The chairman of the Truth and Reconciliation Commission in Solomon Islands says victims of the ethnic tensions are calling on their perpetrators to come forward so they can be reconciled.
The commission is holding its first hearing into the conflict which left about 100 people dead and 20,000 displaced between 1998 and 2003.
Amnesty International has called on the government to protect those who speak publicly because it says there is a danger of reprisals.
But the commission's chairman, the Reverend Sam Ata, says rather than expressing fear of reprisals, the victims so far have issued a powerful message of reconciliation to the perpetrators of violence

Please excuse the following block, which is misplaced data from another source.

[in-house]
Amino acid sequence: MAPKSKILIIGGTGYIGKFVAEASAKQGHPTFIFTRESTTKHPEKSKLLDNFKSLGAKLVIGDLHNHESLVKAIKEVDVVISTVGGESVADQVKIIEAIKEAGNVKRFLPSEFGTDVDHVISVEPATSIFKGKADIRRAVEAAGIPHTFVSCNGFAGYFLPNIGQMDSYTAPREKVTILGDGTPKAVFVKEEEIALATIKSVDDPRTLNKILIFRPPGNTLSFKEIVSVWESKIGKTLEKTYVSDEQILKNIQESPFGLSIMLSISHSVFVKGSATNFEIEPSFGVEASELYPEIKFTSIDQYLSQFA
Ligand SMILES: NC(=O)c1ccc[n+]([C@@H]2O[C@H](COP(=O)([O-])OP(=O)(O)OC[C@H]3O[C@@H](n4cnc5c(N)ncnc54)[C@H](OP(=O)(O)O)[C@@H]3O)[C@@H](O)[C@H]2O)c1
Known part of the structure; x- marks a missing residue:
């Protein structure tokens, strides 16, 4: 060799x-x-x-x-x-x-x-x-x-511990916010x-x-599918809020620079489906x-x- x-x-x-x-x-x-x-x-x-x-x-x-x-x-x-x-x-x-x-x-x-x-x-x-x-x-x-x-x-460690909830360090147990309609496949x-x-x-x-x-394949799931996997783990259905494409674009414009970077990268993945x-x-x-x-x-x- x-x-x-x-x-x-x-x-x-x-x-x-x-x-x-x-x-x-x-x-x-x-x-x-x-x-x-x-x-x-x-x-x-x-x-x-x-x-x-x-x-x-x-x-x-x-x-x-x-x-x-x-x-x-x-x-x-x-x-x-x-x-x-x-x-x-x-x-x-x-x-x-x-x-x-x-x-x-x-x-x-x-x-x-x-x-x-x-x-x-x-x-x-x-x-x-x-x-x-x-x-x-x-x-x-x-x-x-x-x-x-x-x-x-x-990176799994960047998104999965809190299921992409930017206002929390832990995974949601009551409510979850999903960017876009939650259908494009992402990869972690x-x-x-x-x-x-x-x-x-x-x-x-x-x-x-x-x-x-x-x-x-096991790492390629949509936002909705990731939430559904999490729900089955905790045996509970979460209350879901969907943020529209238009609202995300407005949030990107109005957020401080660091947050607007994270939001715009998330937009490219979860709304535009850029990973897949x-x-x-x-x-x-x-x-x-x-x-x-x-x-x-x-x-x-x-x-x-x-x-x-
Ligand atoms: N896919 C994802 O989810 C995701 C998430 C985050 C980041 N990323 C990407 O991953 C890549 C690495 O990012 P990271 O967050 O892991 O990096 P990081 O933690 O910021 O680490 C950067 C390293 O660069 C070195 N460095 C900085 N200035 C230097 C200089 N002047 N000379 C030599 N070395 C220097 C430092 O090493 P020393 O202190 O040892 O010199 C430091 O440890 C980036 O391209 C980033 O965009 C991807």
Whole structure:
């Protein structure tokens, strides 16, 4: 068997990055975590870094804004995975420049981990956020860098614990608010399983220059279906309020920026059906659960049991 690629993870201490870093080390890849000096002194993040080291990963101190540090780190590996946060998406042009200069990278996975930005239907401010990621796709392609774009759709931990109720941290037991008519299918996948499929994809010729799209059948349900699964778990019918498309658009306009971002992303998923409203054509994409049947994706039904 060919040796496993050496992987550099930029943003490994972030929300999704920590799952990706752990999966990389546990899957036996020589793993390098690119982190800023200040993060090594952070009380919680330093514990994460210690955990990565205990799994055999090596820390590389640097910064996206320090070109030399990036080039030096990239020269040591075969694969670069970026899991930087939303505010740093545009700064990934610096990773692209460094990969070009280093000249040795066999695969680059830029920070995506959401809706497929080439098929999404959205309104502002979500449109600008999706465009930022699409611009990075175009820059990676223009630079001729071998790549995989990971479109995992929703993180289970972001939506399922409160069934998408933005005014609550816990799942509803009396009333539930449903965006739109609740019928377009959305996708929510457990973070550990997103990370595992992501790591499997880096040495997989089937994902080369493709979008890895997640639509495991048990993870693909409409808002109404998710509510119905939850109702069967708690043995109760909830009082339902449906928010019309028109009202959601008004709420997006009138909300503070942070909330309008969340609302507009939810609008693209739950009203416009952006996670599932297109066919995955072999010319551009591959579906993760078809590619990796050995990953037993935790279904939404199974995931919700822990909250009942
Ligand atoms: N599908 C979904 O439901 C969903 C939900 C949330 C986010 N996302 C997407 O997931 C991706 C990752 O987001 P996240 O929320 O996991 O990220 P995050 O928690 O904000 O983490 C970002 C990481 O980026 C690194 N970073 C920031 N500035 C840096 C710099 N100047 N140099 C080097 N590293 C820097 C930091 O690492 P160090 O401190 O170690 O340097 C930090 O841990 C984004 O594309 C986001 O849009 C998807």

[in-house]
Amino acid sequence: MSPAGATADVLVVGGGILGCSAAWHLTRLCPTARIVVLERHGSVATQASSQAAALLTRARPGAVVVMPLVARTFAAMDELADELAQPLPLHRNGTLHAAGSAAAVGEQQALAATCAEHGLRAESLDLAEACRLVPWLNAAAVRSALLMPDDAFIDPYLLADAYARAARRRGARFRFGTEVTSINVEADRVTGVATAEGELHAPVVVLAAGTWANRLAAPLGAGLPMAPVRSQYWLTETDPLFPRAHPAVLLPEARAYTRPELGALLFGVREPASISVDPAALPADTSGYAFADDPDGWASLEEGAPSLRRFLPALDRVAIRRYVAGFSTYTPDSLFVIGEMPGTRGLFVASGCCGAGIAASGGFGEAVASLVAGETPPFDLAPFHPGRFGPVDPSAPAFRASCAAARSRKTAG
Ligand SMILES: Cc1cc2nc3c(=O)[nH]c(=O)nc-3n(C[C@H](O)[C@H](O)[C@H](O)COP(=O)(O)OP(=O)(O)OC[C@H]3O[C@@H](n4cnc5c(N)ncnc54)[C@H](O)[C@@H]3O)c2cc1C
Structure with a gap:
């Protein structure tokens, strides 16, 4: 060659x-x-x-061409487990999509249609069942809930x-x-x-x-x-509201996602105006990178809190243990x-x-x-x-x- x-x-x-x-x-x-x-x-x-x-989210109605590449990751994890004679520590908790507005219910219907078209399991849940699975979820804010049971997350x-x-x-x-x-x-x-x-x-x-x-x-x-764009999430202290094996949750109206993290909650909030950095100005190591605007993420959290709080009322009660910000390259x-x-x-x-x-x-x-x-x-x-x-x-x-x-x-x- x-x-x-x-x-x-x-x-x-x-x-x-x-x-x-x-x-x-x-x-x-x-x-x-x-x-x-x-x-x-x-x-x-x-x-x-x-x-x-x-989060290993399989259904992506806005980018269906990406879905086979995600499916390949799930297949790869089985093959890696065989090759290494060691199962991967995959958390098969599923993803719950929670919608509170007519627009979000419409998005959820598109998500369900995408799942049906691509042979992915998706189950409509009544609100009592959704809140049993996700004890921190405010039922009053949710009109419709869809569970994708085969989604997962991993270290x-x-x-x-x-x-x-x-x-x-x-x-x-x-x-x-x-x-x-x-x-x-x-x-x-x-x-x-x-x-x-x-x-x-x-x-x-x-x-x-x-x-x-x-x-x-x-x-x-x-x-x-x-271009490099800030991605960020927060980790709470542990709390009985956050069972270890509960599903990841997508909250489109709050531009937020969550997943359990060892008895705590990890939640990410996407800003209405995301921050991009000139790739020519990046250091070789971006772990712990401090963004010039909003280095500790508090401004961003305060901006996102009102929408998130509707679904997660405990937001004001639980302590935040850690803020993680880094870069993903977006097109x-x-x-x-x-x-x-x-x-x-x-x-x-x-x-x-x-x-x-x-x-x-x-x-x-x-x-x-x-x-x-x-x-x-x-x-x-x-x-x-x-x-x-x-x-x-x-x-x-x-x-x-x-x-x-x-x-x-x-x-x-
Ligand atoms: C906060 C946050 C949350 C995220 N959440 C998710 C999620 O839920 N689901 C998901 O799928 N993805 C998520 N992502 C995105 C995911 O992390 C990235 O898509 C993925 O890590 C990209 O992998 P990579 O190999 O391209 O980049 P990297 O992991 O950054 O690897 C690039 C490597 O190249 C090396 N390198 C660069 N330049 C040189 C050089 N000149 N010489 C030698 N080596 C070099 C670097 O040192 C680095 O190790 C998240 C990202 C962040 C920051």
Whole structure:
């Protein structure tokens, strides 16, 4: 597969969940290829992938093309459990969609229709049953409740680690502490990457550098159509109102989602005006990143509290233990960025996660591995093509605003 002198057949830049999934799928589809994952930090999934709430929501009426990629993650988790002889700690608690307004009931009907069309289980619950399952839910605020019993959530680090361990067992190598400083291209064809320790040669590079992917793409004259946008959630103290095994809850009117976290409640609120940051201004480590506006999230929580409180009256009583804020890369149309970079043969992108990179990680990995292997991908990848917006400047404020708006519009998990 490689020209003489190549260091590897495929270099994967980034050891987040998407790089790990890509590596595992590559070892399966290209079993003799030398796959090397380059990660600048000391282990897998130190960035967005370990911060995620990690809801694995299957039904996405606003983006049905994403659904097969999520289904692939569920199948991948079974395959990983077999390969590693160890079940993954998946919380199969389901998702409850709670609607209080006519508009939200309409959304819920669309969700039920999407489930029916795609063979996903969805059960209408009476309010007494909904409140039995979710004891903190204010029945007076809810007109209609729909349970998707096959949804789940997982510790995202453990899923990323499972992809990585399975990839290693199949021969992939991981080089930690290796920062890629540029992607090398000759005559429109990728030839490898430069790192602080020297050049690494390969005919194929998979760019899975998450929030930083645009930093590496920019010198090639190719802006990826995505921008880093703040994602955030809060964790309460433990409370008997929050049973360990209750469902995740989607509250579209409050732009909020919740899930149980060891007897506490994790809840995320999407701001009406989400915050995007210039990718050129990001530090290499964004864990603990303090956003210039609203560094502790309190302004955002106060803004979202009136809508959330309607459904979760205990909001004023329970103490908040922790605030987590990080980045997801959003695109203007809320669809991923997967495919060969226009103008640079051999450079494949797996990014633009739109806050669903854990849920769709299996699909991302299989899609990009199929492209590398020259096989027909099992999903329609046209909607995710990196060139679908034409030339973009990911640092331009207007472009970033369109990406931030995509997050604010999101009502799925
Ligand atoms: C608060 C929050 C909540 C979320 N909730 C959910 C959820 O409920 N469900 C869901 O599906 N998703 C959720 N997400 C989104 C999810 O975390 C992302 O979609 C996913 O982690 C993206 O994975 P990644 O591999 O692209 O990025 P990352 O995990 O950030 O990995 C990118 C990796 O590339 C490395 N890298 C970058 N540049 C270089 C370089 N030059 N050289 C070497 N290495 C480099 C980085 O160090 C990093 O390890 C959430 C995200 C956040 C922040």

"That's the message they have put across to the country, that they are willing to forgive them and reconcile with them, so I don't know if there is a fear there after the victims have made a plea for these people to come forward, then that is something else."
The Reverend Ata says it is difficult to say whether there could be reprisals but it is a possibility.
He says the hearings will be open to everyone to speak, including perpetrators.